You will need to define acceptable competence in context. Again, your interview rubric will help you. In your rubric you’ve already defined baseline, good, and excellent responses. Now you can decide how to use those responses to define “acceptable competence.” I usually start with a 60% threshold — candidates must provide a “good” response for at least 60% of the questions associated with a factor to acceptable. Depending on the role, I may identify one or two questions that are must have. A candidate who doesn’t provide at least a good response to those questions does not show acceptable competence. Finally, you need to define what it takes to achieve an Exceeds rating. I usually look for a higher percentage of good responses and least a few excellent ones. These are guidelines. I design them to be at least a little fuzzy.
To make this work, you will track your assessment of the candidate’s responses during the interview. A simple tick mark next to a question is a good start. Was it a baseline response? A good one? An excellent one? If it was especially good or bad, you can jot down some notes why. That will help you in rating the candidates, and for the discussion that will follow.
The Decision Process
The simplified decision matrix is powerful when you are using a panel of stakeholders to interview candidates. Once you have finished your interviews, I bring the panel together into a conference room.
The first thing I do is set up the whiteboard. I the decision factors on one side and the names of the interview panel across the top. I remind everyone of the various factors and what they mean and explain the rating criteria
Next we vote. Everybody gets a stack of PostIt notes. I ask them to rate the candidate on the decision factors on the PostIt note. We do this individually. Everybody rates the candidate themselves.
Going around the room, I’ll collect the ratings and add them to the whiteboard. A consensus usually appears pretty quickly. In this example, you can see that we all agreed that this candidate has the knowledge and skills to do the job. But there are some differences.
Next we have our discussion. I’m the outlier on learning. So I have to explain why I didn’t think the candidate showed an acceptable competence in learning. This should be in my notes. I explain my reasoning and the other panelists offer theirs. We keep it short, just a few minutes. They’re not trying to change my mind. We’re trying to give the hiring manager the benefit of our experiences.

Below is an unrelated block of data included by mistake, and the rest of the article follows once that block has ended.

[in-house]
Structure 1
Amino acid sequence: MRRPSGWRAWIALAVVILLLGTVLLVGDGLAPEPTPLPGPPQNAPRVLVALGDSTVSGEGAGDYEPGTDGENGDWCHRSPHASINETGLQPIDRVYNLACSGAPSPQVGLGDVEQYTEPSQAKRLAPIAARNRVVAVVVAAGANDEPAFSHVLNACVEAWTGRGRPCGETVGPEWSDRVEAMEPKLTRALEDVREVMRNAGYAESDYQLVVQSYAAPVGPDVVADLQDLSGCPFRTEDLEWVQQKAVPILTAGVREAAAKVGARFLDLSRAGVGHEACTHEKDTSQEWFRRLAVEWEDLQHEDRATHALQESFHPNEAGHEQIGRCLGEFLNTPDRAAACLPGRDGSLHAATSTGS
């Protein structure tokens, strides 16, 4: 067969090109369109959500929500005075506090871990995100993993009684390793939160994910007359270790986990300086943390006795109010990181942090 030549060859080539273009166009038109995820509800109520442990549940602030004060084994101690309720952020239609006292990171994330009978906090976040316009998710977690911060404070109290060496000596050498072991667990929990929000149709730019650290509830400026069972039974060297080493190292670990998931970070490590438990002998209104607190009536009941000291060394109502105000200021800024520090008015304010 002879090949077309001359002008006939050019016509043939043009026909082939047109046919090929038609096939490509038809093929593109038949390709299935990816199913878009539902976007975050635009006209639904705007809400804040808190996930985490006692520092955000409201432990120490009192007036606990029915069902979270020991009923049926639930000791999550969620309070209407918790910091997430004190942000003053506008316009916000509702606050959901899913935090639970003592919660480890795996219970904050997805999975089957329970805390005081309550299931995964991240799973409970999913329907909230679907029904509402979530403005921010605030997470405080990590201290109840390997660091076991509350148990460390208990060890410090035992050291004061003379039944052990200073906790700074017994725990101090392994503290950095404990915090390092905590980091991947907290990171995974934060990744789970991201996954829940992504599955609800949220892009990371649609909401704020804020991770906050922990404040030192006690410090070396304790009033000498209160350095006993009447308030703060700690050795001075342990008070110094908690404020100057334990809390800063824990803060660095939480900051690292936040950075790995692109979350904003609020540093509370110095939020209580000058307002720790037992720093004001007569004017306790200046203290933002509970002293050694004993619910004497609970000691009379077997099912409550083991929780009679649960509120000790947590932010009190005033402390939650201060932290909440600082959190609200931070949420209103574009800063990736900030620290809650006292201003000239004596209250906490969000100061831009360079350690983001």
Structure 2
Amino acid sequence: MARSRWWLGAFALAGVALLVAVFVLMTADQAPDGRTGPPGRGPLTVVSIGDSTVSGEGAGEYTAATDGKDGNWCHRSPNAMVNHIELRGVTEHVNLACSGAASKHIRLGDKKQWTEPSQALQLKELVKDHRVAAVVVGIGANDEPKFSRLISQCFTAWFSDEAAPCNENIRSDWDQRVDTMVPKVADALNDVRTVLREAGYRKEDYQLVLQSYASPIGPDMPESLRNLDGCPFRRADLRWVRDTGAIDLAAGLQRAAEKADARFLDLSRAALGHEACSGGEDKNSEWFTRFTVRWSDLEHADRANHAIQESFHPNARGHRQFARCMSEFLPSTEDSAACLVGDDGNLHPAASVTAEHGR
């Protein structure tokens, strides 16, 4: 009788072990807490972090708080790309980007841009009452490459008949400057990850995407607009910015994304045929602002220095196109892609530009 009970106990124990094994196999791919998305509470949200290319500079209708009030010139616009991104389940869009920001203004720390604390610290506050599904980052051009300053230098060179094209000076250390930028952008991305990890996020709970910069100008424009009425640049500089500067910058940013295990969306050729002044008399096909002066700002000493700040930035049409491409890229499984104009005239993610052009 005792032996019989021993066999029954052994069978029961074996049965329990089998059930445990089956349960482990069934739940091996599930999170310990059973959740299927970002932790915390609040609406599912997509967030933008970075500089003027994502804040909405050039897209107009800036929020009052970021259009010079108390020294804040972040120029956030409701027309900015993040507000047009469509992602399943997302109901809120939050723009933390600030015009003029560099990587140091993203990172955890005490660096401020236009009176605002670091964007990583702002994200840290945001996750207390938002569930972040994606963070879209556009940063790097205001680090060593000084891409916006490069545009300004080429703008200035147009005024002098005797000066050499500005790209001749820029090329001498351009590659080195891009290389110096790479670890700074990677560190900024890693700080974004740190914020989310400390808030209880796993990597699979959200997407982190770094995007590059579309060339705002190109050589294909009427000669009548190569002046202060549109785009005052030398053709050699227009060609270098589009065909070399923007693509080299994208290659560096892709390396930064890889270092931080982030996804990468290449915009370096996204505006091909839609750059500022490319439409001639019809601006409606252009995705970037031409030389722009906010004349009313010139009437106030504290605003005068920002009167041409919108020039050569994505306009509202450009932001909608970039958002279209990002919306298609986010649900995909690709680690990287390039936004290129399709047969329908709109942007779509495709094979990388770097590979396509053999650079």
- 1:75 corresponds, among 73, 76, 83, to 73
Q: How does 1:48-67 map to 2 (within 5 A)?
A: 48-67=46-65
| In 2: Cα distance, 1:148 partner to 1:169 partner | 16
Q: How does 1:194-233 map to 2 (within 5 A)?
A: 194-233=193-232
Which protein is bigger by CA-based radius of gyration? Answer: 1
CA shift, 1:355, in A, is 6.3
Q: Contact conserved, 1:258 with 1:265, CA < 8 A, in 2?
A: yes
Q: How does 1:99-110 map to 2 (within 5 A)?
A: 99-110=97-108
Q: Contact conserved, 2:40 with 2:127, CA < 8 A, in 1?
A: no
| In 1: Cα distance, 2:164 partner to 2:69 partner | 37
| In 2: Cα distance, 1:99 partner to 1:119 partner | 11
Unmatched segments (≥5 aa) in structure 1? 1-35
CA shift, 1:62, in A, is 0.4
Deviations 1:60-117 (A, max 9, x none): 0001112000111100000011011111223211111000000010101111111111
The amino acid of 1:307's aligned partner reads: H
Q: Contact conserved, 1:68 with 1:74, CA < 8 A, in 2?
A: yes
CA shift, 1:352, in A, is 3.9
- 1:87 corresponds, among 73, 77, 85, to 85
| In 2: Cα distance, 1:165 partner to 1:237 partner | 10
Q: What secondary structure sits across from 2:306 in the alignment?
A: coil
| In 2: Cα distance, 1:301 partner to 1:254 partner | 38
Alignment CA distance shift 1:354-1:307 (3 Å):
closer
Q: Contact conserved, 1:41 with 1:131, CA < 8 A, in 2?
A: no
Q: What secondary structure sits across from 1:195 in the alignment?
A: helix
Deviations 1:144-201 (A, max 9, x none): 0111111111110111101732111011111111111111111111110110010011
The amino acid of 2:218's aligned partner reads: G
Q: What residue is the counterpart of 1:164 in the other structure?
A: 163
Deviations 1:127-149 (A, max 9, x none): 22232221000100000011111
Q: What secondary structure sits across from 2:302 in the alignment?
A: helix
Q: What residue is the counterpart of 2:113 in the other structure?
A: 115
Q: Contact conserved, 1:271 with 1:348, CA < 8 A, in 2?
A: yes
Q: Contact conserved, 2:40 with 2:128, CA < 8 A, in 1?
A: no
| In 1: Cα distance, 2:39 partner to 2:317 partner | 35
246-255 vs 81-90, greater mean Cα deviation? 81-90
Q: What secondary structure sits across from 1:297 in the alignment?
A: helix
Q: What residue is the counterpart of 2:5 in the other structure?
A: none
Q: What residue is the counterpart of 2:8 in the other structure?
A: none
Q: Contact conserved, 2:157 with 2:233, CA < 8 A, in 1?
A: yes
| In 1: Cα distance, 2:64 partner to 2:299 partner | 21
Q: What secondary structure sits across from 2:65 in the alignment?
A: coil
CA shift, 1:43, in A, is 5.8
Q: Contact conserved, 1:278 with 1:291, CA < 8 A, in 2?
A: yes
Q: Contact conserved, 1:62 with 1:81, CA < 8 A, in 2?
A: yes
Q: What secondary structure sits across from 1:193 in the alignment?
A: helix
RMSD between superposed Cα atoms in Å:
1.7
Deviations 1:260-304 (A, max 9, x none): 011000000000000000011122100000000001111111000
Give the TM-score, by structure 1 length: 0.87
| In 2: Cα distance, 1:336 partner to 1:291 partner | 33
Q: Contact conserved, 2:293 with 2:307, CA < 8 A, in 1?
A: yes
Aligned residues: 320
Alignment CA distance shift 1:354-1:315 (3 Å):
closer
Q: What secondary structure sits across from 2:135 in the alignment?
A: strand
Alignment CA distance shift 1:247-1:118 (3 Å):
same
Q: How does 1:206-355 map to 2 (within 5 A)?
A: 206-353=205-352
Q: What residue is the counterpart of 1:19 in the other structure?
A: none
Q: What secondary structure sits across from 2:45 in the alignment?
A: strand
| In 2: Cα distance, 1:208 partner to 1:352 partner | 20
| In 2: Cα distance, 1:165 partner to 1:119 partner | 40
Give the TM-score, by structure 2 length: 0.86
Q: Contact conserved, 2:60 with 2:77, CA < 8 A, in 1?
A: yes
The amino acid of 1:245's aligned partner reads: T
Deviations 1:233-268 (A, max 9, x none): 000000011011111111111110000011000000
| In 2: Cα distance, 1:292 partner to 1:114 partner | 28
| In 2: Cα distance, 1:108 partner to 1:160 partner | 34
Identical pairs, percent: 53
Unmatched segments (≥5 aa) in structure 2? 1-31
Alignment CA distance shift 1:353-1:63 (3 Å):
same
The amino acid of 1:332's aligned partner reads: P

We’ll do the same thing with fit. Here Michelle and I are both outliers, but I was positive, and she was negative. So we want to hear her explanation of why she felt the candidate wasn’t a good fit. We repeat for the remaining factors. The discussion is short and focused on the specific decision factor and why we varied in our response.
These ratings aren’t real, but they do reflect the patterns I see when I use this approach. Most people agree on most factors. Sometimes there are outliers. When there are, we use them to have a focused discussion on the reasons for the ranking. We aren’t trying to change people’s minds. Although that happens. We are trying to ensure that the hiring manager — the ultimate decision maker — the best information to decide about a candidate.
A single Does Not Meet rating doesn’t disqualify a candidate. That’s one interviewers assessment of one factor. A row of Does Not Meet ratings is a good sign that you don’t have a good candidate. If you get a lot of those, reassess your interview rubric, your rating system, or your candidate pool.
A column of Does Not Meet may show a harsh interviewer or bad chemistry. Similarly, a column of Exceeds may show a lenient interviewer or some great chemistry. If either continues across several candidates, revisit expectations with the interviewer.
The goal of the interview process is to identify a person to hire to fill a specific job in your organization. It’s decision time. Armed with the information from the decision matrix, which comes from the interviews conducted by your interview panel, you can make one of two choices:
- Hire this person.
- Don’t hire this person.
Would you hire this person?
The tools I’ve described (the interview rubric, the audition, the decision matrix) are all designed to help you answer that question. You have the individual ratings and an understanding of why people deviated from the consensus.
Looking across the factors, I see someone who has the required knowledge and skills and the learning mindset I’m looking for. This person is also a good fit for the organization and shows the presence we need. I struggle with drive. Two of the interviewers didn’t see it. One really saw it. Hopefully, the discussion we had provided some insight into what people saw during their sessions. That might sway you one way or another where there is a difference like that.
As the hiring manager, it is your decision. I would pass. You might hire. The framework is just a tool to help you decide. The decision is yours. The framework I’ve provided is a tool for you to make better hiring decisions. Try it the next time you have to hire a knowledge worker in your organization. And let me know how it worked.